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Once in Selcuk, we pick up the dolmus for Ephesus. (It's a longish wait and we resolve to walk the several miles back on our return.) This is undoubtedly the best time of the year to visit this great archeological site: in the summer, it's hot and crowded. Now, it's nearly empty and the fog is still dense, making me somewhat wistful for an additional sweater. But not for long. As we reach the the Great Theater (1 AD, capacity 24,000, acoustics -- phenomenal), the sun breaks through. And so here is perhaps the most glorious moment of the visit. The Theater, introduced by the cats that roam these ancient ruins.

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The brochure calls it the greatest theater of the ancient world. It is not an exaggeration.

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Ed stays low and plays with the cats. (In the above photo, he is there, on the upper right.)
I scoot up as high as I am allowed.

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Eventually he joins me...

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... and we spend a long time (minutes? hours?) just sitting there. The sun comes through for us and I am warmed by it. There is a trickle of tourists. They come in small groups and inevitably, in each set there is someone who has to stand at the stage level and try out a hoot. Or (among the Chinese visitors) an aria. Or (among the American tourists) a dance.

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Ed says one could do a you-tube of all the different ways people like to express themselves when unexpectedly they're on a stage. Sitting up high, we can hear every word below and it is riveting to watch the progression of people, I we think all the while about the progression of time. (I note one other person in the audience, who, like us, is lost in the beauty of the place on this now increasingly sunny day.)

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From the Theater, you can look out to the avenue which once led to the water.

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We think we have learned so much and yet here we see civilizations that knew of things we can't begin to imagine. As we move on to the Great \Library (still shrouded in the low lying mist)...

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...we can sense how our wisdom, however great, was preceded by the wisdom of others. People who knew how to read words that had no beginning or end...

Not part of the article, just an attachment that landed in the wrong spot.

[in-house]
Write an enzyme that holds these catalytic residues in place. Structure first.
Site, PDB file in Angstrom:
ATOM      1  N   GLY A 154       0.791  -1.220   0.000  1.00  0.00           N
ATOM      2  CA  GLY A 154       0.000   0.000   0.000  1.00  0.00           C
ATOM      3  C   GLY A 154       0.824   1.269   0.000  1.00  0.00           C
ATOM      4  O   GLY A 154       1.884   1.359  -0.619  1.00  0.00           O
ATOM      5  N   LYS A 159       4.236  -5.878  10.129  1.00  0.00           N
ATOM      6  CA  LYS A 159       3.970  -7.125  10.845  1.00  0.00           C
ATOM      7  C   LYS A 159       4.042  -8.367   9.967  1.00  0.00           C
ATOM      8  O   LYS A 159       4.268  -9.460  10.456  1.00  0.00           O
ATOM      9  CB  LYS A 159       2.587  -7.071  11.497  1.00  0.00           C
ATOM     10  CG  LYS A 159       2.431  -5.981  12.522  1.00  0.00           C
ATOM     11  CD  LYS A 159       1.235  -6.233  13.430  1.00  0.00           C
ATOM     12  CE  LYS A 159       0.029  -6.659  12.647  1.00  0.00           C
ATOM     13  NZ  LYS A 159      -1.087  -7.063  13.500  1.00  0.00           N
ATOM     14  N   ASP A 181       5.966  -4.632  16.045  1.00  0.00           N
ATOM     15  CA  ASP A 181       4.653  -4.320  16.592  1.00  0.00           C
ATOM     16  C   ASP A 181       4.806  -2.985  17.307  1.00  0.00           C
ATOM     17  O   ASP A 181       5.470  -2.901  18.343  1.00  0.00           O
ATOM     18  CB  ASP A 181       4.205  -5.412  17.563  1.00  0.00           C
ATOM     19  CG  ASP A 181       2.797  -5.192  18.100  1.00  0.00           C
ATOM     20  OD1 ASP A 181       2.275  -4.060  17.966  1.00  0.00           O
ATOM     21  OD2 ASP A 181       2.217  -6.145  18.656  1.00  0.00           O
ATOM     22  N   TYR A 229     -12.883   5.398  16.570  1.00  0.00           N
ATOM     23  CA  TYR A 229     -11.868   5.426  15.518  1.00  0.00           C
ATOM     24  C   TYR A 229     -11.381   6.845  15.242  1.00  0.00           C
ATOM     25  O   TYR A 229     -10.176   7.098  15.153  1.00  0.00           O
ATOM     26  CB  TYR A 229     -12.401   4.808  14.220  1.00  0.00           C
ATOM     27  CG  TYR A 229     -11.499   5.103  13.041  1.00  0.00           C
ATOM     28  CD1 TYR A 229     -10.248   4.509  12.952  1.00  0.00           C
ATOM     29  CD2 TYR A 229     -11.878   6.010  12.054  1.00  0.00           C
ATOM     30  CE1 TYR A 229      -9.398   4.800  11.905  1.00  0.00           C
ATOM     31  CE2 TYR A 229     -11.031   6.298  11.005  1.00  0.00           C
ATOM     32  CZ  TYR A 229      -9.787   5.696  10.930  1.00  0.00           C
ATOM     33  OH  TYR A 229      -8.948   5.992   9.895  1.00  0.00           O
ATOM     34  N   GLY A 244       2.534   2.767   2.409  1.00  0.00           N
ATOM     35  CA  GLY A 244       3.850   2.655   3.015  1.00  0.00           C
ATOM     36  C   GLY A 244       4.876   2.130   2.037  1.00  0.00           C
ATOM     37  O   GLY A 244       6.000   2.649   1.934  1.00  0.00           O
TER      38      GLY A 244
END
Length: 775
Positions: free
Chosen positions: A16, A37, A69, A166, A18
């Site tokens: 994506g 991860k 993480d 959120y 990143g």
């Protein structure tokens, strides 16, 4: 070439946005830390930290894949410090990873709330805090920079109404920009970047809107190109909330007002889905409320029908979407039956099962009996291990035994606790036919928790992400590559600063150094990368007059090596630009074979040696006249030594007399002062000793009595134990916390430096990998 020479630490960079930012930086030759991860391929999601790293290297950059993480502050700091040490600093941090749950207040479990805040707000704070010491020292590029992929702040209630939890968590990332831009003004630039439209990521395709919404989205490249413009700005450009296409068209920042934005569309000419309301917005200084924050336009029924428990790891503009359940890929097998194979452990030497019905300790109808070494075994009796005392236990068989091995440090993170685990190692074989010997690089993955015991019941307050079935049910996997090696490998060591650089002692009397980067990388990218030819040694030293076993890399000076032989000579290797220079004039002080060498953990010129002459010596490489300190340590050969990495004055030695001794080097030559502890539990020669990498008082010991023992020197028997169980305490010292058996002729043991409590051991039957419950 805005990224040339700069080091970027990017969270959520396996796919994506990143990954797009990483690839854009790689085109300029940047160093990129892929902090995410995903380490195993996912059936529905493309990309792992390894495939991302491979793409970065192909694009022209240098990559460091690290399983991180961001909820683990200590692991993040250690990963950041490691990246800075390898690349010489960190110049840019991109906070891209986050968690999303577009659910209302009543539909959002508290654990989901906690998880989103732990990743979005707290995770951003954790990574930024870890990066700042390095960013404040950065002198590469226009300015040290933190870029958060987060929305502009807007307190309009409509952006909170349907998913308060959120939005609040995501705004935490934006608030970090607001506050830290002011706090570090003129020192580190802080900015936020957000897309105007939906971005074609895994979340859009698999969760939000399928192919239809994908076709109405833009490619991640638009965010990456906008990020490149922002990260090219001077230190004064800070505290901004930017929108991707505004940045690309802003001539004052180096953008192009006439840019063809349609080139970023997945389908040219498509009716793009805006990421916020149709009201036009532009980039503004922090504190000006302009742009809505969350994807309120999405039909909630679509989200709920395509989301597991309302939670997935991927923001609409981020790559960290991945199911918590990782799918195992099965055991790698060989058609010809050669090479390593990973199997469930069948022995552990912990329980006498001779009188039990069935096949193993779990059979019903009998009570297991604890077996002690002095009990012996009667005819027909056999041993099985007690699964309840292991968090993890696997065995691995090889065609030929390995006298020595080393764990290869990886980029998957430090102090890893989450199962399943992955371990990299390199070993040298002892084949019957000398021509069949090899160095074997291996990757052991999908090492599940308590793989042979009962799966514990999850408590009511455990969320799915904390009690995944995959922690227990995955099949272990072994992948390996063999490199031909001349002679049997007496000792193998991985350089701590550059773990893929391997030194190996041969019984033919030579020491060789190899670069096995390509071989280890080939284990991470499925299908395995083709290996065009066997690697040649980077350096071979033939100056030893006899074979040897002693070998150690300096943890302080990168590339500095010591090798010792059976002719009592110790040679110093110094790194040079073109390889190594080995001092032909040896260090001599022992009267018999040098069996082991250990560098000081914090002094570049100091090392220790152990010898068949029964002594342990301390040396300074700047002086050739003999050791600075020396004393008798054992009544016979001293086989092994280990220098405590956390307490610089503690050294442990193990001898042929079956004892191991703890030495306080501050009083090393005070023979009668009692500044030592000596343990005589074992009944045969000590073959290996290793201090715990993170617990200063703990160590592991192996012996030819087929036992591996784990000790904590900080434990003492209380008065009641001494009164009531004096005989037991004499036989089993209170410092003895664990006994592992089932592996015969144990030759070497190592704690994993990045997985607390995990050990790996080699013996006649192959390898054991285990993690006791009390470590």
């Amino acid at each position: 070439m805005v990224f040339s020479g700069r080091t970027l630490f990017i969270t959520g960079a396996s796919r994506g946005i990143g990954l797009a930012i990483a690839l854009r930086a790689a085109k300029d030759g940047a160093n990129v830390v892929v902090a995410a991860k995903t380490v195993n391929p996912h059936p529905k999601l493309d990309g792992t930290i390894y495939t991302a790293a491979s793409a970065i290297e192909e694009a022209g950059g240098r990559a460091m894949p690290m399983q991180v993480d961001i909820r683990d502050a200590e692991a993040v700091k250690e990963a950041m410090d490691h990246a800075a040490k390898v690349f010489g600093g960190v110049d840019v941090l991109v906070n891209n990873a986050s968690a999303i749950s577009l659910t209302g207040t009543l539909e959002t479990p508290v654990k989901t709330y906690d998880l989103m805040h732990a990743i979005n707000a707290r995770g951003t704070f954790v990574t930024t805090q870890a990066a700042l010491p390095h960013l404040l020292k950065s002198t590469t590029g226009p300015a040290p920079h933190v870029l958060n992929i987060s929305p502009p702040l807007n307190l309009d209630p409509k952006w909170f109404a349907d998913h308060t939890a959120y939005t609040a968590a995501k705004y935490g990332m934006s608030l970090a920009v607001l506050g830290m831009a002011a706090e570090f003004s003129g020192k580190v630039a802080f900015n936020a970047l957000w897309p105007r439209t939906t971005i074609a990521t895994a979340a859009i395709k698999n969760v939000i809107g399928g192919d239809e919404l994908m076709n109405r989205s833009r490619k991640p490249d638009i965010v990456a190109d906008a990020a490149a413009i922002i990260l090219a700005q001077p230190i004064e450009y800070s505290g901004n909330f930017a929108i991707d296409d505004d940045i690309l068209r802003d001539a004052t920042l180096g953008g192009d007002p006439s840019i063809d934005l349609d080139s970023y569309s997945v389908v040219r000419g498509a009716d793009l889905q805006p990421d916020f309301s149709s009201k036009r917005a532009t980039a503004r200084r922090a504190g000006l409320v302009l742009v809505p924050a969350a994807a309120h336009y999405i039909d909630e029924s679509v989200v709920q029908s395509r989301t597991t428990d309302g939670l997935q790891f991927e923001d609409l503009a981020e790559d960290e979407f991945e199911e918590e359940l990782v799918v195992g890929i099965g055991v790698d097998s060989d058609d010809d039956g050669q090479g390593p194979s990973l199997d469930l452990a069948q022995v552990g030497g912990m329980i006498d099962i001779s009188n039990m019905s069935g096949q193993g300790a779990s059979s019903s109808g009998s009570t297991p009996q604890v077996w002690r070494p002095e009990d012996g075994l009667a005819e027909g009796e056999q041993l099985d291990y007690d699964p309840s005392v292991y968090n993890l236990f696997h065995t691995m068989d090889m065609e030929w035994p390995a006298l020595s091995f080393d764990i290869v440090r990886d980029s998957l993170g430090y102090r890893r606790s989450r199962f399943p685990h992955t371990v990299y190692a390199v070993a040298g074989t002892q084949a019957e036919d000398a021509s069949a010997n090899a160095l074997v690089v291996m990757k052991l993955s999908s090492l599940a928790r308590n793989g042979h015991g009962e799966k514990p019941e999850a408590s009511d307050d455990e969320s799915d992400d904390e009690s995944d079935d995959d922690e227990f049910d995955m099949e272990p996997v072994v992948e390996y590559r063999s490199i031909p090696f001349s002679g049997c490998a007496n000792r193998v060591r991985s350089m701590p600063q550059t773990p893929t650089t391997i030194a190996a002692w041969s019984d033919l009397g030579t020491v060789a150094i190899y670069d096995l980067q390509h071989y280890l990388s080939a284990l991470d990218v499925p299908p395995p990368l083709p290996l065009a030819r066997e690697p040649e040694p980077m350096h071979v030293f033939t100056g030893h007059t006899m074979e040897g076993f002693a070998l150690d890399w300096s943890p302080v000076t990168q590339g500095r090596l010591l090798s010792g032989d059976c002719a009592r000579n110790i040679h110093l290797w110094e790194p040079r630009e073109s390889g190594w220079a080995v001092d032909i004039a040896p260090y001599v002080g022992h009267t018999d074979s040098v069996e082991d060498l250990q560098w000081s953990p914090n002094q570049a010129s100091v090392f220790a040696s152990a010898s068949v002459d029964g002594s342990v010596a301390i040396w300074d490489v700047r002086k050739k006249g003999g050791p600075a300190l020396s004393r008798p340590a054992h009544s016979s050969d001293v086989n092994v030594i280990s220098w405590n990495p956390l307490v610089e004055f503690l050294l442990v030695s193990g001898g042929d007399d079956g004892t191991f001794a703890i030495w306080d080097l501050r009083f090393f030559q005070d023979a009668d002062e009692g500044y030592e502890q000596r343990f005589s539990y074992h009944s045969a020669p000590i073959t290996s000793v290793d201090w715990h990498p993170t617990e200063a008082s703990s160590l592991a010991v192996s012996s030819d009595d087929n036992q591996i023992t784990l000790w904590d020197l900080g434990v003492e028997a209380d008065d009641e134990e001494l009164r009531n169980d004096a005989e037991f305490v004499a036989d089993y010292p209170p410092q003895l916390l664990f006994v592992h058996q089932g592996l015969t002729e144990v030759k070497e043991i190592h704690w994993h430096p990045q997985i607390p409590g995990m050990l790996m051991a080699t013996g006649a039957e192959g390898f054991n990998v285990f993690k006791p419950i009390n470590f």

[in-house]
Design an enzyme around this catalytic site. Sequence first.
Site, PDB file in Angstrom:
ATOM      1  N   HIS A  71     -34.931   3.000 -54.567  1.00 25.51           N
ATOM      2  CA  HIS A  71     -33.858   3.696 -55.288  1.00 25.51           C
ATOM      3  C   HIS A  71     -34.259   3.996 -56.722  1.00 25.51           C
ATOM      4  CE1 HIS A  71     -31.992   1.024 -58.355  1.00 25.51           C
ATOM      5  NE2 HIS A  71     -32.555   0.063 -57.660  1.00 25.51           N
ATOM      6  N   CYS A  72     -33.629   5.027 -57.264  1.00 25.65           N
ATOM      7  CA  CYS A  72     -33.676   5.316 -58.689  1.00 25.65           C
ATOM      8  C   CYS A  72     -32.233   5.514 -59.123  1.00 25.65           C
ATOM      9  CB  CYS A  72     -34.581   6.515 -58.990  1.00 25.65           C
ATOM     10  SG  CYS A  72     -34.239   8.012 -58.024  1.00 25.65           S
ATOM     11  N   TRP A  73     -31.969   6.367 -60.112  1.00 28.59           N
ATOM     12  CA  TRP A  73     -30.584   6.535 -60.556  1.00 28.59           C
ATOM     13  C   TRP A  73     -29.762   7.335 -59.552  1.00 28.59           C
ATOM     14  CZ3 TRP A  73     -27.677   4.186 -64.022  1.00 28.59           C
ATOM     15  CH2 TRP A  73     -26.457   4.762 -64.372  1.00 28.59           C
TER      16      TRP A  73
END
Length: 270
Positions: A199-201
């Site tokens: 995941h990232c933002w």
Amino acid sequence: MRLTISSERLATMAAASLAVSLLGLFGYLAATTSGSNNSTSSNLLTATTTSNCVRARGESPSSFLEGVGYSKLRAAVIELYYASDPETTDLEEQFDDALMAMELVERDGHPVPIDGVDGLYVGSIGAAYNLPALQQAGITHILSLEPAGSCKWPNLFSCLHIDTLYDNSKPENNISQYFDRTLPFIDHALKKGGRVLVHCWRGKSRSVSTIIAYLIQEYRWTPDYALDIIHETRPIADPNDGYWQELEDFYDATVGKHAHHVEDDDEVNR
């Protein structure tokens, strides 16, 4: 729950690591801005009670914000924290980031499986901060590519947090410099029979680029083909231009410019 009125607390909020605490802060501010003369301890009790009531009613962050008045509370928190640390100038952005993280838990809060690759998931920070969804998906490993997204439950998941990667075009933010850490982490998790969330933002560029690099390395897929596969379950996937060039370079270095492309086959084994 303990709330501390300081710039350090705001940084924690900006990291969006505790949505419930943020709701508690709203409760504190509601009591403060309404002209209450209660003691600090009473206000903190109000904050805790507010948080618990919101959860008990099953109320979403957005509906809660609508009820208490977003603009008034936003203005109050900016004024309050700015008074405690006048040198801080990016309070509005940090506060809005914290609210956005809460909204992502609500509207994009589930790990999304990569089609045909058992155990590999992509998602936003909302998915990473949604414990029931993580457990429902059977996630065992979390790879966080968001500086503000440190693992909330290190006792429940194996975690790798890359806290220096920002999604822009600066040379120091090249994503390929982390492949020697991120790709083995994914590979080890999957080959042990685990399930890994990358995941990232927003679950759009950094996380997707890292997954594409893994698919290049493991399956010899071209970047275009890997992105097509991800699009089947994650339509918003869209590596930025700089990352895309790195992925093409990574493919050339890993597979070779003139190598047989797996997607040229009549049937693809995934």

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...who built arches and latrines for the public and who put together mosaics and carved intricate designs into marble stone.

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We sit down again, in the smaller theater, this time with the sun receding, reminding us that time is measured not only in centuries but also in the hours of the day.

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And here, let me give a small tribute to the East Asian visitors -- outnumbering by far all others at Ephesus.

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If we travel far to come here, they have traveled even farther. The awe and respect that they display for the old, the delight that you see in their faces each time they come to a new cluster of stones is palpable and you have to admire their curiosity, their willingness to endure the tedium of travel just so that they can humbly face the creative genius of another world.

We walk back slowly. Once Ed immerses himself in the history of his surroundings, it's hard to pull him away. He wants to taste every detail.

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And so the sun is very low by the time we hike back on a pleasantly expansive stretch of sidewalk to Selcuk, passing the occasional farm, looking to the misty ramparts and fortifications of the Selcuk castle...

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...and pausing when these three beaming girls beg me to take their photo. When was the last time anybody has begged me to take their photo!

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We want to see a bit of Selcuk, but after Sirince, the older houses here are not as memorable. But the heart of the newer town peaks our curiosity. Humble cafes dot the pedestrian streets and it doesn't take much to lure us to one of them -- this one is attached to a bakery and we order two baklavas and a tea. The salesperson gives us a plate with the pastries, the man from the cafe across the street -- here, from this cafe:


...brings us the tea.

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(The men sitting at the one a cross the street all drink tea and most of them wear the boots we see out in the olive fields.)

We like the baklavas here so much that we order another plate of them (and another tea). And as we walk back to the bus station and pass other baklava selling stores, Ed comments that we should have had a baklava tasting run through the city to decide which are the best of the best.

Next time, next time. For now, we take our dolmus back for one last night in Sirince. And we eat in the small dining room of the Sirincem Restaurant, where Ali attentively hovers and treats us, in his words -- as if this is home.